postgresql

Why is my application receiving null instead boolean?


I'm building a web app, and I noticed that one of my queries is returning a null where I expect a boolean. However the database is indicating it's actually returning a boolean.

I can see in the documentation that Postgres considers NULL to be an unknown boolean value. I'm confused why the <= operator would return t/NULL instead of t/f though.

select version();
version
PostgreSQL 13.13 (Debian 13.13-0+deb11u1) on x86_64-pc-linux-gnu, compiled by gcc (Debian 10.2.1-6) 10.2.1 20210110, 64-bit
SELECT a.email_verified_at <= NOW() AS "emailVerified",
 pg_typeof(a.email_verified_at <= NOW()) AS "emailVerifiedType", 
 pg_typeof((a.email_verified_at <= NOW())::boolean) AS "emailVerifiedType2"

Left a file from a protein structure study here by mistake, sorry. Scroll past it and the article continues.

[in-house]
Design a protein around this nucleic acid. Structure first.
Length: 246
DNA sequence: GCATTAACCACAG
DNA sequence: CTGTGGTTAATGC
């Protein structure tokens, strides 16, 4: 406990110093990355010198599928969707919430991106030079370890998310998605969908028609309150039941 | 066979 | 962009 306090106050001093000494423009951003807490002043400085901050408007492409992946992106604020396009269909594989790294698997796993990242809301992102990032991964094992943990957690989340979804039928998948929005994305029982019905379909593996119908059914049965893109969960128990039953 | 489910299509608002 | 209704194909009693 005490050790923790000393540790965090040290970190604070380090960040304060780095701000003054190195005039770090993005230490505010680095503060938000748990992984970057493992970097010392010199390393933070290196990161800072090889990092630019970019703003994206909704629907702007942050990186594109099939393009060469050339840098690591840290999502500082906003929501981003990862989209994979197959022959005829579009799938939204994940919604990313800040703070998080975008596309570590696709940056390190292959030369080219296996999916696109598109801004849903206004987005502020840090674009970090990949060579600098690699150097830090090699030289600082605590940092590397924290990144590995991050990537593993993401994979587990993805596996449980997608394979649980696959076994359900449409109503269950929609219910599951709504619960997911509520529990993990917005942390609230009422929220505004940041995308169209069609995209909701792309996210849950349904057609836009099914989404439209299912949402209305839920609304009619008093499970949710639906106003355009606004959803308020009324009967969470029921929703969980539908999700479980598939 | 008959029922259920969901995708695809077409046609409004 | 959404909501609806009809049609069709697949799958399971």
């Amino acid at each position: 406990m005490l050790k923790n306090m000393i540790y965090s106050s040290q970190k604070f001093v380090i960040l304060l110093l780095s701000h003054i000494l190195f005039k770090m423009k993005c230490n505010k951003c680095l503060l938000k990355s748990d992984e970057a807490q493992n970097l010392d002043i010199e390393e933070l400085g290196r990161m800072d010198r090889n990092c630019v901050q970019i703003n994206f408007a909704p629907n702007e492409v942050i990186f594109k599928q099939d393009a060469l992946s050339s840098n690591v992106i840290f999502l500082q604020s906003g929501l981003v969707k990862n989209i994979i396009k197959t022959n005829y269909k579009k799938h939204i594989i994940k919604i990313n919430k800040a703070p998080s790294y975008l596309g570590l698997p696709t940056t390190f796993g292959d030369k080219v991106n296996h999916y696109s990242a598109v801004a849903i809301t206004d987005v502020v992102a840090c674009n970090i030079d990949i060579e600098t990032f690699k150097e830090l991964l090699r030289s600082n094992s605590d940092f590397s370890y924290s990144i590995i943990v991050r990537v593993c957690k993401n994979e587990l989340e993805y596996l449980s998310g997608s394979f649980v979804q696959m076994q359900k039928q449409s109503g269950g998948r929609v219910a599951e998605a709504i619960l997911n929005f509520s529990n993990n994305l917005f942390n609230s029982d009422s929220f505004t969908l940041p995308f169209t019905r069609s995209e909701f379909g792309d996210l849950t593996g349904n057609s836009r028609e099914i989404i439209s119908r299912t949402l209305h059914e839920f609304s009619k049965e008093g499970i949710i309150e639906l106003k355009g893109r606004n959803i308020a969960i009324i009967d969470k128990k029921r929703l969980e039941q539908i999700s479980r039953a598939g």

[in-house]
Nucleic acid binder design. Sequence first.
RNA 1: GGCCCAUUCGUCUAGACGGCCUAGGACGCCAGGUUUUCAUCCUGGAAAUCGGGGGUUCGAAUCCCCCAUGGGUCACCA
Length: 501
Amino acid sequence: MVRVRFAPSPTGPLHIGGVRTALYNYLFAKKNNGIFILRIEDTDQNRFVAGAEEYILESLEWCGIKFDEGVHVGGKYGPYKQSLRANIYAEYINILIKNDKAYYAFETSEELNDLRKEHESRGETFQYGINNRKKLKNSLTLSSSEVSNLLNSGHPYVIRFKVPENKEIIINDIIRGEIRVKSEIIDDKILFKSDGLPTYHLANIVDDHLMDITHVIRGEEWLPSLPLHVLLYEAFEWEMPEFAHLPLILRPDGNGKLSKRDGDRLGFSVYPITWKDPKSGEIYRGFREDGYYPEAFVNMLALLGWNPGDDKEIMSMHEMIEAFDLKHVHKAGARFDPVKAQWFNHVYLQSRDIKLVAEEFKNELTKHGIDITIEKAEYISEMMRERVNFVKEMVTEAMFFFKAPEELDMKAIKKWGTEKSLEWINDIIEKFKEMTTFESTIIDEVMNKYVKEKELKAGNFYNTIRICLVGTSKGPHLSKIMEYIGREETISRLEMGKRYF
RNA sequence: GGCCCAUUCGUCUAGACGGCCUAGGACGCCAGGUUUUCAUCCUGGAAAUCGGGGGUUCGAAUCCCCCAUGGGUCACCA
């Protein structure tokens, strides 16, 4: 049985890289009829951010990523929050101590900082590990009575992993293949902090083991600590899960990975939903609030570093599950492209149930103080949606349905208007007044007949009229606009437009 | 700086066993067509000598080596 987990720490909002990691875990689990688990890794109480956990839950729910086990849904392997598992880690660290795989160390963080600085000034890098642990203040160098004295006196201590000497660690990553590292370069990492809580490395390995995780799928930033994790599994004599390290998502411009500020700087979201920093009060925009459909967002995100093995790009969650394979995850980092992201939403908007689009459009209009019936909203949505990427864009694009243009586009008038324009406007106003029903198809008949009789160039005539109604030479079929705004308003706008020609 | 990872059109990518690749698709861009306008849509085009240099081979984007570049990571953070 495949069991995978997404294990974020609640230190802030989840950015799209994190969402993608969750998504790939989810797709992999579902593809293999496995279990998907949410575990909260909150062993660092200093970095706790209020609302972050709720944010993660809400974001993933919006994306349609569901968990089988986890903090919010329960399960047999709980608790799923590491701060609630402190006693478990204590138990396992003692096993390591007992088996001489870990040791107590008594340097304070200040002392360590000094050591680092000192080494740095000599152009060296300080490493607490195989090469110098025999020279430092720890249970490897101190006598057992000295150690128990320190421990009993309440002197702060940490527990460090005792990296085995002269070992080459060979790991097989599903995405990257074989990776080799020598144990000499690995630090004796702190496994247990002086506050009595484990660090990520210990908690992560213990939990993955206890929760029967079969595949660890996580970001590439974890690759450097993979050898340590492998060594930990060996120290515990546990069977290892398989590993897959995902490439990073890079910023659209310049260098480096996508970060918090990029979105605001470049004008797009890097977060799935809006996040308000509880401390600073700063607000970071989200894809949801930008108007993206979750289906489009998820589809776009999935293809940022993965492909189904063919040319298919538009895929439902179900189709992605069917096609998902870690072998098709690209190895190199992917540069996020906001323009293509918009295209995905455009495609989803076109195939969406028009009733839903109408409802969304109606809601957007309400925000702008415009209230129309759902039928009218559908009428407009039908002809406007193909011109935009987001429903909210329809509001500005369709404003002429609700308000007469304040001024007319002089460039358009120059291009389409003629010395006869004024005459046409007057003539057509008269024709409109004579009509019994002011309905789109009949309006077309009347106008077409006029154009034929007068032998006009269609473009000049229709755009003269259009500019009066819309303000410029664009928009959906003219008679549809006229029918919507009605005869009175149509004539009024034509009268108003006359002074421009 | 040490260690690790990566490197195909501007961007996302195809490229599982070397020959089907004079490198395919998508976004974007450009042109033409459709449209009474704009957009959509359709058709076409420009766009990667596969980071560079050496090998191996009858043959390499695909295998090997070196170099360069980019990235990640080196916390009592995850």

FROM profiles AS p 
INNER JOIN accounts AS a ON p.id = a.profile_id;
emailVerified emailVerifiedType emailVerifiedType2
boolean boolean
t boolean boolean
boolean boolean

How can I tell Postgres to return an explicit t/f to my application?


Solution

  • SQL has a three-valued logic: a boolean expression can be TRUE, FALSE or NULL (unknown). If you compare NULL (unknown) with any value, the result is NULL.

    There are several ways to rewrite your comparison so that it returns FALSE if email_verified_at is a NULL value:

    1. use coalesce():

      coalesce(email_verified_at, 'infinity') <= current_timestamp
      
    2. use an explicit NULL check

      email_verified_at IS NOT NULL AND email_verified_at <= current_timestamp
      

    Another option would be to forbid NULL values in email_verified_at and store infinity if the e-mail address was never verified. This solution would simplify the comparison, but it may be undesirable for other reasons.